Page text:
Work injuries can take many forms. While machine accidents or falls may commonly spring to mind, a wide range of accidents and injuries is covered under the Ohio workers’ compensation system. According to the Bureau of Workers’ Compensation (BWC), any illness or injury that is “sustained in the course of and arising out of employment” can be covered by the program. This includes injuries sustained in car accidents—the leading cause of work-related deaths and injuries in the U.S. One study from the National Institute for Occupational Safety and Health (NIOSH) states that 22,000 workers were killed in work-related auto accidents from 2003 to 2014. Annually, employers pay $25 billion for costs associated with car crashes, and the toll on workers and their families is significant.
Car Accidents Can Happen in a Variety of Job Fields
Work-related auto accidents affect employees in a wide range of fields. While it is easy to assume that road-based jobs such as truck driving are at the greatest risk for these dangerous accidents, many occupations pose significant dangers for employees on the road. These jobs include:
- Hauling (truck driving, delivery, etc.)
- Emergency medicine
- Service and trades
It is important for every employee to note that NIOSH warns that “all workers are at risk of crashes, whether they drive light or heavy vehicles, or whether driving is a primary or incidental job duty.” This means that even those who only travel occasionally or over short distances still need to understand both the risks and their rights to compensation.
What Kind of Driving Is Considered Work-Related in Ohio?
Often, injured workers are unaware that their car accident injuries make them eligible for workers’ compensation benefits. It's confusing to know what tasks are considered work-related. Every situation is unique, and an experienced attorney can help examine your circumstances to determine what benefits may be available. While commuting rarely falls under the “work-related” umbrella, some common examples of work-related travel include:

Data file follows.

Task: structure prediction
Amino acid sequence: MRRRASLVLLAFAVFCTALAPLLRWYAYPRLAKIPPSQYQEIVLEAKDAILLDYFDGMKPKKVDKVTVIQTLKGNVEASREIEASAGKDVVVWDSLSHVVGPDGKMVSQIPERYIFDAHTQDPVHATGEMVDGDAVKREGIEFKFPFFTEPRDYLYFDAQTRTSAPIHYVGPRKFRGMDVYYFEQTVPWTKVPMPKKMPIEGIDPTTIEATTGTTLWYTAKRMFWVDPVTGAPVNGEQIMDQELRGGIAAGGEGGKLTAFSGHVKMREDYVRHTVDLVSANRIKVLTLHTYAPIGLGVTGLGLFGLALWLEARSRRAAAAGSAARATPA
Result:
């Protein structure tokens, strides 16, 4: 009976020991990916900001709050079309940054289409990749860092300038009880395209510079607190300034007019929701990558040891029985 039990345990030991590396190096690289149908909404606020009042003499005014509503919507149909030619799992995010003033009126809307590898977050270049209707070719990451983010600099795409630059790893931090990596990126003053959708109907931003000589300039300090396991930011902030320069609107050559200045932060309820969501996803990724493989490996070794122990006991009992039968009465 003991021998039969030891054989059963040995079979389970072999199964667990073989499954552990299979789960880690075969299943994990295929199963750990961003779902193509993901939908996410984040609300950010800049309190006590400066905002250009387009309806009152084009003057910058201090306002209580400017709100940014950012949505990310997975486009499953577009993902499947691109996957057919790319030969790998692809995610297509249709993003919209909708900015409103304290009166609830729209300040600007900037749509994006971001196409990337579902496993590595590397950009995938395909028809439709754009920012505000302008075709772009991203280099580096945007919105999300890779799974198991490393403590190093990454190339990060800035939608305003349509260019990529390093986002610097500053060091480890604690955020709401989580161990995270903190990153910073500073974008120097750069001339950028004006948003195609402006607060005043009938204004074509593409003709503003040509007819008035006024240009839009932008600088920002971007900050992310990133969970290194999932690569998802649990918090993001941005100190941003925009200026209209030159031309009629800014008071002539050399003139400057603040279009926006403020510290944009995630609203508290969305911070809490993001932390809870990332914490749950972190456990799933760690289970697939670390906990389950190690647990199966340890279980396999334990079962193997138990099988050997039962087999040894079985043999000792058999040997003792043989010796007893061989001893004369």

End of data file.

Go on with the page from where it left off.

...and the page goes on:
- Running a work errand
- Making a delivery
- Driving another employee for a work purpose
- Travel for work
- Driving to a meeting or job site
Common Car Accident Injuries
According to the National Highway Traffic Safety Administration (NHTSA), car accidents caused nearly 2.2 million injuries in 2015. Injuries can vary widely in severity, but some common car crash injuries include:
- Skull fracture
- Traumatic brain injury
- Bone fracture
- Muscle strain
- Ligament damage
Medical treatments after an accident can be as varied as the injuries themselves. While some car crash victims are treated and promptly released, others face hospital stays, surgery, rehabilitation, and more. Regardless of the severity of your injuries, seek medical care soon after an accident. Even if you do not think your injuries are serious, only an appropriate medical provider can assess your condition.
Staying Safe at Work on Ohio’s Roads
While some accidents are simply unavoidable, often a simple amount of care can prevent serious crashes. Many employers offer workers safe driving information and mandate safety courses before taking to the road on official business.
An Occupation Safety and Health Administration (OSHA) report noted that Nationwide Insurance, based right here in Columbus, operates its own fleet of vehicles. When the company developed and implemented a vehicle safety program, it saw a 53 percent decrease in car accidents among employees.
Not every employer will offer such a program, however, and employees should take care to be safe and responsible behind the wheel. Some important safety tips include:
- Don’t rush. While the saying may advise that time is money, trying to make up time on the road can lead to accidents. Aggressive driving, speeding, and failing to obey traffic signs are common causes of serious crashes.
- Get enough rest. Fatigued driving is dangerous driving. Plan your work trips as much as possible to allow yourself time to rest.
- Take time to become familiar with your vehicle. Often, employees use work vehicles for work errands and travel. If it is a vehicle you don't often drive, familiarize yourself with the functions before you get on the road. Later, you will not be distracted looking for something or operate the vehicle incorrectly.
Work-related auto accidents, like any other work illness or injury, can be compensated through workers’ compensation regardless of fault. With few exceptions, it is possible to obtain benefits even if you were responsible for the accident.
If you or someone you love has suffered injuries in a car crash while working, take advantage of the free book The Worker’s Guide to Injury Compensation in Ohio by the legal team at Monast Law Office. Read this helpful guide to have your questions answered and learn more about pursuing a workers’ compensation claim in Ohio.